Parodying his close identification with Moses, the Scotsman urged George to lead the "indigent crofters ... to the promised land at Winnipeg." Despite such mocking, George's Social Gospel was well received amongst the more socially conscious of Scottish clergy including the crofter's champion the Rev. Donald MacCallum of Waternish and it motivated the Rev. Duncan Macgregor of Chicago to establish his Scottish Land League of America.

George's British success was due in no small measure to his speech-making ability. He was, according to George Bernard Shaw, "deliberately and intentionally oratorical" holding his audiences with "a killing gaze in the manner of Athenian orators of old." At the same time his sentences were short and incisive. Consideration of political economy was limited to a few simple principles illustrated with local examples.

Edinburgh citizens were made aware of the £25,000 annual ground rent drawn by the Heriot's Trust and of the financial burdens imposed on them by the grant of parkland to former Lord Provost Warrender. Similarly George urged a Greenock audience to contemplate the municipal problems which could be solved with the £100,000 rent paid to Sir Michael Robert Shaw Stewart. Even opponents paid tribute to George's sincerity on the platform.

Added to this was the apocalyptic strain permeating George's writings and public utterances. In Progress and Poverty he had warned of a time when "the sword will again be mightier than the pen and in carnivals of destruction brute force and wild frenzy will alternate with the lethargy of a declining civilization." Immediate land reform was imperative George argued if such a catastrophe was to be avoided. This sense of urgency and expectation was given substance in the Scotland of 1884 by the Third Reform Act. By enfranchising the crofters amongst others the Act threatened a political revolution in the Highlands with a real possibility of radical land reform to follow.

George's reputation peaked in Britain by the end of 1884 and two years later in America with his Labor candidacy in the New York mayoralty election. His condemnation of the Chicago Anarchists in 1887 lost him considerable socialist support on both sides of the Atlantic. His influence on the radical wing of the Liberal Party, however, proved more enduring. In 1889 he returned briefly to Britain as an informal adviser and field general of the Liberal land reform strategy. The taxation of land values remained high on the Liberal legislative agenda and fueled the Lloyd George People's Budget controversy of 1909.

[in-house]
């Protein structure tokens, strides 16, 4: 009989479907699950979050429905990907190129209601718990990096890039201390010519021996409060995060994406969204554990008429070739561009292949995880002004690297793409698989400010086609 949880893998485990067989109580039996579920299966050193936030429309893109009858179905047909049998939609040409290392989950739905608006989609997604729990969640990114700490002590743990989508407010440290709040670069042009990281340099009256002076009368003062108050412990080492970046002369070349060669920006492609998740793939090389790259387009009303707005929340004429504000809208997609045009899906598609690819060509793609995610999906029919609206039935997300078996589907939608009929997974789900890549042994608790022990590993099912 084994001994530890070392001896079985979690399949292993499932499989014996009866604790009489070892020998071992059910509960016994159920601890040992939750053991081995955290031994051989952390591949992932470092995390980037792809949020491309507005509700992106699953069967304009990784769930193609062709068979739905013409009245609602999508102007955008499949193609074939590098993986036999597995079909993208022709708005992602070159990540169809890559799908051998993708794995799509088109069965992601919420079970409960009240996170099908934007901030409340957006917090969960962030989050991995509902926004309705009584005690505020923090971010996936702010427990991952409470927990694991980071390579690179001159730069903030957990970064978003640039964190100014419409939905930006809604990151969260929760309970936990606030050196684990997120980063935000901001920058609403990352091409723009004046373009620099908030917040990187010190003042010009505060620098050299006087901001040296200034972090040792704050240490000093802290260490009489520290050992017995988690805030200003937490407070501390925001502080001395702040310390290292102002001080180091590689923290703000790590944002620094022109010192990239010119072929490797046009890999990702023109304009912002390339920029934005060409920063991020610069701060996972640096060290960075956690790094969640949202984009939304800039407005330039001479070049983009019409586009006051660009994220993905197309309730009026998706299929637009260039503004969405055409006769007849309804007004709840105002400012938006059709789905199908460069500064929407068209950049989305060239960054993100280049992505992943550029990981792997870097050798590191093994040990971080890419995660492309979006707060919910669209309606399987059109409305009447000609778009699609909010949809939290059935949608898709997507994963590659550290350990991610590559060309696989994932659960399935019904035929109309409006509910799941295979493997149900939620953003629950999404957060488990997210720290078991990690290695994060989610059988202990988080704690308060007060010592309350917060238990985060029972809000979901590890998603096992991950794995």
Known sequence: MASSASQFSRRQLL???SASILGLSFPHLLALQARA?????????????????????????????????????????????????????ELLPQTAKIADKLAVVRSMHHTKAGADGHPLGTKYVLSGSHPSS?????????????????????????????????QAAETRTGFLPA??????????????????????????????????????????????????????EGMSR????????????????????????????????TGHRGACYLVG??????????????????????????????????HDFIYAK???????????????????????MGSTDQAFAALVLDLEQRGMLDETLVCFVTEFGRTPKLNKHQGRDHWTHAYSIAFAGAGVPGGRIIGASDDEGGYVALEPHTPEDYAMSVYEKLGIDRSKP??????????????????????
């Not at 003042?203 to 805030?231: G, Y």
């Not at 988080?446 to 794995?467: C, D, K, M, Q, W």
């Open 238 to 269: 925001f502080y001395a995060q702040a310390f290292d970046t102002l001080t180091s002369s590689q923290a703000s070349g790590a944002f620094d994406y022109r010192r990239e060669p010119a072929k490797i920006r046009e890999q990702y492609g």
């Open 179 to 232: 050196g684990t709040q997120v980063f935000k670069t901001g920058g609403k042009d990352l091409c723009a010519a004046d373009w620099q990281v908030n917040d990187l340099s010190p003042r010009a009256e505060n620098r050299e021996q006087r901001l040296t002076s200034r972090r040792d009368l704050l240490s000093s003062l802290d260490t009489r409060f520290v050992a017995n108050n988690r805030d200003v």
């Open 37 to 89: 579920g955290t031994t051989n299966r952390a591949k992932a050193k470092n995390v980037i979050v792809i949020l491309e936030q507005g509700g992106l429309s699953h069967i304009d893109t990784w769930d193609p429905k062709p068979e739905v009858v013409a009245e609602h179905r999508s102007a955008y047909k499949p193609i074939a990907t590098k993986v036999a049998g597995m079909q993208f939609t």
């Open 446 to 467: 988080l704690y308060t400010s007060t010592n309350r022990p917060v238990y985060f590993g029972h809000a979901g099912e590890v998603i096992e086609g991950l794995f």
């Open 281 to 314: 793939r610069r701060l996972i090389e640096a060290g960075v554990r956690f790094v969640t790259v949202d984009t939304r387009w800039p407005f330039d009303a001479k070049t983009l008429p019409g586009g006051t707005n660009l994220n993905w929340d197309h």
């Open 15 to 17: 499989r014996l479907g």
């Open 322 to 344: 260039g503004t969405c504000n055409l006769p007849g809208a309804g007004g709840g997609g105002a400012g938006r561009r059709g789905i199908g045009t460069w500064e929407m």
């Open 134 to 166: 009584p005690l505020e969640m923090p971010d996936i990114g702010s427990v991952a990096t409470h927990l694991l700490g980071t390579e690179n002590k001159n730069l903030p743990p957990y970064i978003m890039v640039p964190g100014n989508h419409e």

George was an important transitional figure in the history of transatlantic social reform. His assault on the stagnating science of political economy helped to break down deep-seated antagonism to economic action by the state. Although the single tax was essentially a piecemeal programme it attracted a wide spectrum of radicals and encouraged the nascent British socialist movement. By shattering working-class illusions about American democracy George also helped initiate a fruitful and often overlooked period of cooperation between American and Scottish labour.

At the same time, George represented the culmination of the mid-nineteenth century humanitarian reform tradition. He drew his inspiration and his insistence on immediate reform from the principles of radical abolitionism. Indeed his campaign was an attempt to extend the moral logic of Garrisonian anti-slavery to the problem of private property in land. His skill in arousing British working-class consciousness was due partly to his membership of the fourth estate and partly to his own struggle for self-education. He was as William Morris noted "a man rising from among the workers." His modesty, sincerity and almost mystical religious conviction impressed all who met him.

Late in life he was interviewed by a reporter from the New York Sun. Charles Dana, the paper's editor refused to print the result. Instead he summoned the reporter to his sanctum telling him, "you sound like Wendell Phillips reporting Saint John the Baptist. I told you to see a Mr. Henry George."